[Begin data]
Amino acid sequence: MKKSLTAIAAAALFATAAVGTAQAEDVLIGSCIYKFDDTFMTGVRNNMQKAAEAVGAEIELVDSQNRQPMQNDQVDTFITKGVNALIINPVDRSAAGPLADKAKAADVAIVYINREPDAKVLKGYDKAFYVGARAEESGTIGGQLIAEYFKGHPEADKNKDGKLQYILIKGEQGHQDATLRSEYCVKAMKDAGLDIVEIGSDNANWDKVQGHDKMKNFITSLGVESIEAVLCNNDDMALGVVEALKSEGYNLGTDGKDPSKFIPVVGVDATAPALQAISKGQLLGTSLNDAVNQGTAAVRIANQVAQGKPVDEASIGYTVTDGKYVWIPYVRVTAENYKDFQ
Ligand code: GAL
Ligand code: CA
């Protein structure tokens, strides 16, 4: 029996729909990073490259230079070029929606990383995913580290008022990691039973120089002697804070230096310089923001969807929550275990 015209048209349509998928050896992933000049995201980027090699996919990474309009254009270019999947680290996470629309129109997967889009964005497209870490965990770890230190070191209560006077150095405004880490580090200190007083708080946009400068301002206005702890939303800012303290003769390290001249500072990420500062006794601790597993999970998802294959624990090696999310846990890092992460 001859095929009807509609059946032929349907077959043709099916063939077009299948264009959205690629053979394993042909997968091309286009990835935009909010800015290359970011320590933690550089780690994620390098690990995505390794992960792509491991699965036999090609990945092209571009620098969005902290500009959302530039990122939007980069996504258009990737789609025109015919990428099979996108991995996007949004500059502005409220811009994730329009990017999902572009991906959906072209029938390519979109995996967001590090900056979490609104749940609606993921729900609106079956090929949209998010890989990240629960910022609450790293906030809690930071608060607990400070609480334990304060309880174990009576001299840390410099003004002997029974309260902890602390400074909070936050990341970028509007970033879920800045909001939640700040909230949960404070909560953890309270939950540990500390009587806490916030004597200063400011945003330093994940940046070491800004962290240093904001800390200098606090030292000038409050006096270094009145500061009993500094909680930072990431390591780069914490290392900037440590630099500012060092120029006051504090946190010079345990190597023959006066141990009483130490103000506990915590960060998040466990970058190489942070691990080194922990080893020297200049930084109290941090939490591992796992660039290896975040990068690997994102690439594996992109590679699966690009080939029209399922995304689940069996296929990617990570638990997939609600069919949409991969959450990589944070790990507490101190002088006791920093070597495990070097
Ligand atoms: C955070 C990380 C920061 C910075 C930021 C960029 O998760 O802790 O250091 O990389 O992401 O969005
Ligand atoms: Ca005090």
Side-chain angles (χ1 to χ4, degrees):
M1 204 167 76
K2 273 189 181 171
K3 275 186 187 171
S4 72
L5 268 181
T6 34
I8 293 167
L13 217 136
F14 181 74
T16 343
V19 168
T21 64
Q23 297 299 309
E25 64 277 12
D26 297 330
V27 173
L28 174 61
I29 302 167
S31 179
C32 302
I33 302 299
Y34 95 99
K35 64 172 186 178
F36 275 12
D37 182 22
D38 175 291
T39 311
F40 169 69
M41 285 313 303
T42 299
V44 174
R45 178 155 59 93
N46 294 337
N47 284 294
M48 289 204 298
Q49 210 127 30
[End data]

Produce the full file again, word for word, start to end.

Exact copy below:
Amino acid sequence: MKKSLTAIAAAALFATAAVGTAQAEDVLIGSCIYKFDDTFMTGVRNNMQKAAEAVGAEIELVDSQNRQPMQNDQVDTFITKGVNALIINPVDRSAAGPLADKAKAADVAIVYINREPDAKVLKGYDKAFYVGARAEESGTIGGQLIAEYFKGHPEADKNKDGKLQYILIKGEQGHQDATLRSEYCVKAMKDAGLDIVEIGSDNANWDKVQGHDKMKNFITSLGVESIEAVLCNNDDMALGVVEALKSEGYNLGTDGKDPSKFIPVVGVDATAPALQAISKGQLLGTSLNDAVNQGTAAVRIANQVAQGKPVDEASIGYTVTDGKYVWIPYVRVTAENYKDFQ
Ligand code: GAL
Ligand code: CA
């Protein structure tokens, strides 16, 4: 029996729909990073490259230079070029929606990383995913580290008022990691039973120089002697804070230096310089923001969807929550275990 015209048209349509998928050896992933000049995201980027090699996919990474309009254009270019999947680290996470629309129109997967889009964005497209870490965990770890230190070191209560006077150095405004880490580090200190007083708080946009400068301002206005702890939303800012303290003769390290001249500072990420500062006794601790597993999970998802294959624990090696999310846990890092992460 001859095929009807509609059946032929349907077959043709099916063939077009299948264009959205690629053979394993042909997968091309286009990835935009909010800015290359970011320590933690550089780690994620390098690990995505390794992960792509491991699965036999090609990945092209571009620098969005902290500009959302530039990122939007980069996504258009990737789609025109015919990428099979996108991995996007949004500059502005409220811009994730329009990017999902572009991906959906072209029938390519979109995996967001590090900056979490609104749940609606993921729900609106079956090929949209998010890989990240629960910022609450790293906030809690930071608060607990400070609480334990304060309880174990009576001299840390410099003004002997029974309260902890602390400074909070936050990341970028509007970033879920800045909001939640700040909230949960404070909560953890309270939950540990500390009587806490916030004597200063400011945003330093994940940046070491800004962290240093904001800390200098606090030292000038409050006096270094009145500061009993500094909680930072990431390591780069914490290392900037440590630099500012060092120029006051504090946190010079345990190597023959006066141990009483130490103000506990915590960060998040466990970058190489942070691990080194922990080893020297200049930084109290941090939490591992796992660039290896975040990068690997994102690439594996992109590679699966690009080939029209399922995304689940069996296929990617990570638990997939609600069919949409991969959450990589944070790990507490101190002088006791920093070597495990070097
Ligand atoms: C955070 C990380 C920061 C910075 C930021 C960029 O998760 O802790 O250091 O990389 O992401 O969005
Ligand atoms: Ca005090």
Side-chain angles (χ1 to χ4, degrees):
M1 204 167 76
K2 273 189 181 171
K3 275 186 187 171
S4 72
L5 268 181
T6 34
I8 293 167
L13 217 136
F14 181 74
T16 343
V19 168
T21 64
Q23 297 299 309
E25 64 277 12
D26 297 330
V27 173
L28 174 61
I29 302 167
S31 179
C32 302
I33 302 299
Y34 95 99
K35 64 172 186 178
F36 275 12
D37 182 22
D38 175 291
T39 311
F40 169 69
M41 285 313 303
T42 299
V44 174
R45 178 155 59 93
N46 294 337
N47 284 294
M48 289 204 298
Q49 210 127 30